Type 2 diabetes has been scientifically linked to sugary drink consumption. Just one to two sugary drinks a day increases your risk for type 2 diabetes by 26%.(1) This life-threatening health condition has reached epidemic levels, having risen three-fold in the last 30 years and affecting more than 29 million Americans.(2)
If current trends continue, 40% of all Americans will get [type 2] diabetes in their lifetimes(3) and half of Latino and African American children born in 2000 will get [type 2] diabetes sometime in their lives.(4)(5) Already, almost one-quarter of teens have either [type 2] diabetes or pre-diabetes – double the rate of just 10 years ago.(6)
Liquid sugar is a unique driver of today’s skyrocketing [type 2] diabetes and obesity epidemics.(7) We absorb liquid sugar in as little as 30 minutes, much faster than a candy bar, leading to a spike in blood sugar that the body is not well equipped to handle, particularly over and over.(8) These spikes in blood sugar overwhelm the body and lead to the body turning sugar into fat in the liver, which contributes directly to the development of [type 2] diabetes.(9)
Complications of diabetes include: heart disease, nerve damage, gum infections, kidney disease, hearing impairment, blindness, amputation of toes, feet or legs, and increased risk of Alzheimer’s Disease.(10) Diabetes cost the United States an estimated $245 billion in 2012, with $176 billion in direct medical costs and $69 billion in indirect costs such as lost productivity, disability and premature death.(11)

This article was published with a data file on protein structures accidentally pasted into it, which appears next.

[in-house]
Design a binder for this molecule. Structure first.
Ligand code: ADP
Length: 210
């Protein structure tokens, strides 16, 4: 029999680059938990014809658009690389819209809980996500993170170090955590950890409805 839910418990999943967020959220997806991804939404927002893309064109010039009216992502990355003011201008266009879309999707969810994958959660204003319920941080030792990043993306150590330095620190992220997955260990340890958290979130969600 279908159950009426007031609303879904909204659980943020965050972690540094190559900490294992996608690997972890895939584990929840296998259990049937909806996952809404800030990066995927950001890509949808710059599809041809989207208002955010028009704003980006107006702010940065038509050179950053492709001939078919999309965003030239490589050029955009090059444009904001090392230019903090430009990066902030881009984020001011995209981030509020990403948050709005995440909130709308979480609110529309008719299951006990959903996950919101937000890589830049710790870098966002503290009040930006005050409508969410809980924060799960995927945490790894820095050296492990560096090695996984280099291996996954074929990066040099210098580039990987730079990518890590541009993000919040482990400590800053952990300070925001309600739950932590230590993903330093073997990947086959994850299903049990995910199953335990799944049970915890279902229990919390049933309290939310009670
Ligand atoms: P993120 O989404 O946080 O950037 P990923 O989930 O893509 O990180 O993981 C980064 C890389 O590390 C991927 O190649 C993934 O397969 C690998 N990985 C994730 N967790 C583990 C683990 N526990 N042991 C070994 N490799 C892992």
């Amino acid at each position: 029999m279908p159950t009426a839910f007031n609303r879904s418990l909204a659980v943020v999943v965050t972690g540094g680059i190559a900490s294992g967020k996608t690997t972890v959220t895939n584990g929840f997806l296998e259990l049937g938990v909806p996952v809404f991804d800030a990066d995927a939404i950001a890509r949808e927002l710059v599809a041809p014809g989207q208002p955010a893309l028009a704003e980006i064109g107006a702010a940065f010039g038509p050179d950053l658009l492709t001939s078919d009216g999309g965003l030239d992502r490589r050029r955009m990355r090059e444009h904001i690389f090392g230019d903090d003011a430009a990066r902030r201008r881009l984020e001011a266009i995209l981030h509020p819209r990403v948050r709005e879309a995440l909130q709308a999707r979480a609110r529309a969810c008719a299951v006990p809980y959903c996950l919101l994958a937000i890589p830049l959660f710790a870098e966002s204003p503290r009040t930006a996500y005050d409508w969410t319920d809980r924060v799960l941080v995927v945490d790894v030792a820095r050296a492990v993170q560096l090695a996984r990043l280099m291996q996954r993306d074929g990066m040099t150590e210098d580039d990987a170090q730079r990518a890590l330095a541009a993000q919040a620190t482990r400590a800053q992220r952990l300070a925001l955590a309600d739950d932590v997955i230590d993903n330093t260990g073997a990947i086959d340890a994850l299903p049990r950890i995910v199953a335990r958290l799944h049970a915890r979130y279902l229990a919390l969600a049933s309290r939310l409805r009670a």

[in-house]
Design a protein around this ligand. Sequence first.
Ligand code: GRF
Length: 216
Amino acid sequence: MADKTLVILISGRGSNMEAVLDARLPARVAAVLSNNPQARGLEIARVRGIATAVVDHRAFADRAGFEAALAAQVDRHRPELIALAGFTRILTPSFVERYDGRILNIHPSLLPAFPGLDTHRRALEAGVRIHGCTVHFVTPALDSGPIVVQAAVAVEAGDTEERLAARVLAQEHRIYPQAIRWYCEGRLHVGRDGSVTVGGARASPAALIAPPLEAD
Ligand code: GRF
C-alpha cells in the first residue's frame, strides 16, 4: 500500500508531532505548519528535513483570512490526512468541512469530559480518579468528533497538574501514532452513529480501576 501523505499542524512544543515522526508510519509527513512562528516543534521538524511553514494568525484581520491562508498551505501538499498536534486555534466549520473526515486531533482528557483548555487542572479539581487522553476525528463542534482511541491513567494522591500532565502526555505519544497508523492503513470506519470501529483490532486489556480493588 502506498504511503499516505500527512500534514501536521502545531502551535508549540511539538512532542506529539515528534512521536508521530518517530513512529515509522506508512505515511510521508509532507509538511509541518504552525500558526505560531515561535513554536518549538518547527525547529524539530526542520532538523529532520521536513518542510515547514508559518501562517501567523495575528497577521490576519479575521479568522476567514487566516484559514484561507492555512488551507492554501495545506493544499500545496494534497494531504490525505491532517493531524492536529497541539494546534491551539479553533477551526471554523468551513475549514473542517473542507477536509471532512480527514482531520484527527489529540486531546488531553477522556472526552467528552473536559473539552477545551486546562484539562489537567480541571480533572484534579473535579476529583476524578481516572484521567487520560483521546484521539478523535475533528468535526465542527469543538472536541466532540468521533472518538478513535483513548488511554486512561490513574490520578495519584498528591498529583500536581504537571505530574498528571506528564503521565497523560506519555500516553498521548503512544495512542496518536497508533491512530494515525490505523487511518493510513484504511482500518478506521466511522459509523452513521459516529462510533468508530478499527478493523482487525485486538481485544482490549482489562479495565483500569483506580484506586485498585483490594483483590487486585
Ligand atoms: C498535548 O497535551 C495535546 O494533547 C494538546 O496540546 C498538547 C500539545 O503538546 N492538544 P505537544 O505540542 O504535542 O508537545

The Bigger Picture Campaign is a collaboration between Youth Speaks Inc. and the University of California, San Francisco's Center for Vulnerable Populations designed to combat the rising epidemic of type 2 diabetes by empowering youth to change the conversation about the disease, and work to change the social and environmental factors that have led to its spread. Watch this video now to see The Bigger Picture in action
- Malik, V. S., & Hu, F. B. (2012). Sweeteners and risk of obesity and type 2 diabetes: the role of sugar-sweetened beverages. Current diabetes reports, 12(2), 195-203. http://link.springer.com/article/10.1007/s11892-012-0259-6
- American Diabetes Association. 2014 National Diabetes Fact Sheet, 2014. http://www.diabetes.org/diabetes-basics/statistics. Accessed June 23, 2014.
- Gregg, Edward W., et al. “Trends in lifetime risk and years of life lost due to diabetes in the USA, 1985–2011: a modelling study.” The Lancet Diabetes & Endocrinology (2014).
- Naryan KM, Boyle J, et. Al. Lifetime Risk for Diabetes Mellitus in the United States. AMA. 2003;290(14):1884-1890.
- Narayan KM. CDC issues diabetes warning for children. ADA Meetings. New Orleans, La; June 14, 2003.
- May AL, Kuklina EV, Yoon PW. Prevalence of cardiovascular disease risk factors among US adolescents, 1999-2008. Pediatrics. 2012; 129(6):1035-1041.
- Centers for Disease Control. Long-Term Trends in Diagnosed Diabetes, 2011. http://cdc.gov/diabetes/statistics/slides/long_term_trends.pdf. Accessed June 23, 2014.
- JP, Shapira N, Debeuf P, et al. Effects of soft drink and table beer consumption on insulin response in normal teenagers and carbohydrate drink in youngsters. Eur J Cancer Prev 1999;8:289–95.
- Mayes, PA (1993). Intermediary metabolism of fructose. American Journal of Clinical Nutrition. 58: 5, 754S-765S.
- American Diabetes Association. Complications. Web. Accessed on January 16, 2014 at http://www.diabetes.org/living-with-diabetes/complications/
- Centers for Disease Control. National Diabetes Statistics Report, 2014.http://www.cdc.gov/diabeteS/pubs/statsreport14/national-diabetes-report-web.pdf, Accessed June 23, 2014.